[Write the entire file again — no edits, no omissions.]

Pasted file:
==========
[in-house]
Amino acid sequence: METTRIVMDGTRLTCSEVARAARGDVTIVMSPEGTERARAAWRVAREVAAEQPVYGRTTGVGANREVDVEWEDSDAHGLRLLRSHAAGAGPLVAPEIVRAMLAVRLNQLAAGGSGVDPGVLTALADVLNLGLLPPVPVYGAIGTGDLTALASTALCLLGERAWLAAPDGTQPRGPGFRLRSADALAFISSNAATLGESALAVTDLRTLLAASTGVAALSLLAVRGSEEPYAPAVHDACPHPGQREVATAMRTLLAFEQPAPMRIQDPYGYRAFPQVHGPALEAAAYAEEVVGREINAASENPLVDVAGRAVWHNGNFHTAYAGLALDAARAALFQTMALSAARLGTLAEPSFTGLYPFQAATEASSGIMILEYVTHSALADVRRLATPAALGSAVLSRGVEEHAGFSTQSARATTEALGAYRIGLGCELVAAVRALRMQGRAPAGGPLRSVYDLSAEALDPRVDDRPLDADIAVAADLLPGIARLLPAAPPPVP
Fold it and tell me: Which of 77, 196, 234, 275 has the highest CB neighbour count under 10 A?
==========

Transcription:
[in-house]
Amino acid sequence: METTRIVMDGTRLTCSEVARAARGDVTIVMSPEGTERARAAWRVAREVAAEQPVYGRTTGVGANREVDVEWEDSDAHGLRLLRSHAAGAGPLVAPEIVRAMLAVRLNQLAAGGSGVDPGVLTALADVLNLGLLPPVPVYGAIGTGDLTALASTALCLLGERAWLAAPDGTQPRGPGFRLRSADALAFISSNAATLGESALAVTDLRTLLAASTGVAALSLLAVRGSEEPYAPAVHDACPHPGQREVATAMRTLLAFEQPAPMRIQDPYGYRAFPQVHGPALEAAAYAEEVVGREINAASENPLVDVAGRAVWHNGNFHTAYAGLALDAARAALFQTMALSAARLGTLAEPSFTGLYPFQAATEASSGIMILEYVTHSALADVRRLATPAALGSAVLSRGVEEHAGFSTQSARATTEALGAYRIGLGCELVAAVRALRMQGRAPAGGPLRSVYDLSAEALDPRVDDRPLDADIAVAADLLPGIARLLPAAPPPVP
Fold it and tell me: Which of 77, 196, 234, 275 has the highest CB neighbour count under 10 A?